Annaliese noticed this, of course. She was worried by my reticence toward Jacob, and though I insisted I loved him, I could not claim to really like him all that much. I looked for excuses to not be alone with my son.

Annaliese was patient with me at first, assuming I just needed to adjust to our new family member, but, by the time Jacob was 6 months old, she’d grown frustrated.

“You’re not even trying,” she accused. “If you want a relationship with your son, you need to spend time with him.”

She insisted I take him out, just me and him, for a boys’ day.

I asked where, wondering where I could go with the child and be free from prying eyes.

“I don’t care,” Annaliese said. “Anywhere. Just be with him.”

I decided on the neighborhood woods. It was not a popular place (which was what allowed me and Annaliese to have sex there in the first place), and I knew Jacob and I would be alone.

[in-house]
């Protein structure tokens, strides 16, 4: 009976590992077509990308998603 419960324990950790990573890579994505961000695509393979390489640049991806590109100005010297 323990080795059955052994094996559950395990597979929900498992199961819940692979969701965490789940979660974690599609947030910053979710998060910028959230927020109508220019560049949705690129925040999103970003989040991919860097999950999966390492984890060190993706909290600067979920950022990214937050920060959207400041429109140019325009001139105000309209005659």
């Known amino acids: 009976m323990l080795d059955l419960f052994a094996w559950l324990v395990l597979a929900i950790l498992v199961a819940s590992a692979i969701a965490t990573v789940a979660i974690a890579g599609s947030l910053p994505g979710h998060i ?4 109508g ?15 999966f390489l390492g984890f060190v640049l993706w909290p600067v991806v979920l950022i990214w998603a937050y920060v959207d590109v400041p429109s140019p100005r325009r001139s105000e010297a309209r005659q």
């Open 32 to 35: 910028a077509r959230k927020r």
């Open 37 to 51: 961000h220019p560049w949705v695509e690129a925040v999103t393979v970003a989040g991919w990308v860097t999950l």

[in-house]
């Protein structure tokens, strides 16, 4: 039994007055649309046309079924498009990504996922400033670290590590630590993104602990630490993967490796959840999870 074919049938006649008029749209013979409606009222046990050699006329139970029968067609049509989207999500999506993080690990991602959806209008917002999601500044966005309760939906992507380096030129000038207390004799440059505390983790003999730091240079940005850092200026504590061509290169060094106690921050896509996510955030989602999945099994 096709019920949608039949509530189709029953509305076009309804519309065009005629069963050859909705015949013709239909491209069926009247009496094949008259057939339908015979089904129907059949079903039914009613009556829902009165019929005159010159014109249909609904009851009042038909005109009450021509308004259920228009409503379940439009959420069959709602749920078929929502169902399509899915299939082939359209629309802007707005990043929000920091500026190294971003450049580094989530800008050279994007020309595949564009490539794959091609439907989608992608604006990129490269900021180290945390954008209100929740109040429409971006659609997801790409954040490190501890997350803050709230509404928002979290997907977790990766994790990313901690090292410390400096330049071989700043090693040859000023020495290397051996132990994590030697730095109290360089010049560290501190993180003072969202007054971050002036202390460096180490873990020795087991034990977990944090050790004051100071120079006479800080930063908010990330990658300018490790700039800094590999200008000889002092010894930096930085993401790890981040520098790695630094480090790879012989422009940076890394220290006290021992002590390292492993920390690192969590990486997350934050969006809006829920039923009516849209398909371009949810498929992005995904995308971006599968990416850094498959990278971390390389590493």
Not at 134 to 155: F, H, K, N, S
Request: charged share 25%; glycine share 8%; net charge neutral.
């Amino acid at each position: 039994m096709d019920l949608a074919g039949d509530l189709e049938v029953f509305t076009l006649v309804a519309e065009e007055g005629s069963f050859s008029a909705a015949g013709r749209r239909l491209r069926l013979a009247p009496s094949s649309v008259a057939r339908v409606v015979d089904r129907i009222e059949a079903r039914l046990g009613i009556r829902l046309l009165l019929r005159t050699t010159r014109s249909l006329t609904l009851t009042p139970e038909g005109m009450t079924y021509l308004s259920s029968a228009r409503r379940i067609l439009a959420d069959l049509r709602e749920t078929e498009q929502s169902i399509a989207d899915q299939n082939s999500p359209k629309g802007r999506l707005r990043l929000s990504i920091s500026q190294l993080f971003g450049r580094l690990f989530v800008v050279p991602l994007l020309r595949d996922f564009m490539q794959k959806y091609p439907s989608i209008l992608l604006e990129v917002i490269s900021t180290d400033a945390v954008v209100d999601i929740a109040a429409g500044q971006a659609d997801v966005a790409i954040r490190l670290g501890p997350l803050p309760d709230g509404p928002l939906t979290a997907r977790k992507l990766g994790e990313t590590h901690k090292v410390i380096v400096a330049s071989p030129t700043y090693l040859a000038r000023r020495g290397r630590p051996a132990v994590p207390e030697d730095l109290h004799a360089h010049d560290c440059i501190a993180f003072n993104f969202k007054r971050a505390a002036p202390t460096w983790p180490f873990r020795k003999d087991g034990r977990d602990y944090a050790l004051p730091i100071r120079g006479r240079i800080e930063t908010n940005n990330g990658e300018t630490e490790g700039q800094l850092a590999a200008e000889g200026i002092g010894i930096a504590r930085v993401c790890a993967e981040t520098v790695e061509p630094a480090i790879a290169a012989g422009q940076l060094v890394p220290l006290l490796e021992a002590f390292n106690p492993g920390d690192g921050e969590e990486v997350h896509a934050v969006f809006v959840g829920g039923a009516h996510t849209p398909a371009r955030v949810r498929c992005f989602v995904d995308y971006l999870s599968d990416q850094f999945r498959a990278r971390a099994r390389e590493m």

I took him through the trees to an open, grassy area. I spread out a blanket and set Jacob down along with a half dozen toys, blocks and plastic rings I found around our house, but had no idea if my son even liked.

Then I sat on the blanket myself and watched him. I stared at him and he stared off over my left shoulder – at the middle distance, I assumed. After a little while of this, he pushed himself from his tummy up to his hands and knees. He’d been crawling a few weeks already. Early for his age, Annaliese had told me with pride.

“Where are you going?” I asked in a sing-song voice.

He was still staring past me. He took a couple of crawl-steps and I could see the look in his eye sharpen. He was focused on something in particular after all. I turned to see, and it was in that instant Jacob made his move, scurry-crawl-scampering toward the tree line, much faster than a normal human baby could, or should.

It was a squirrel he was after.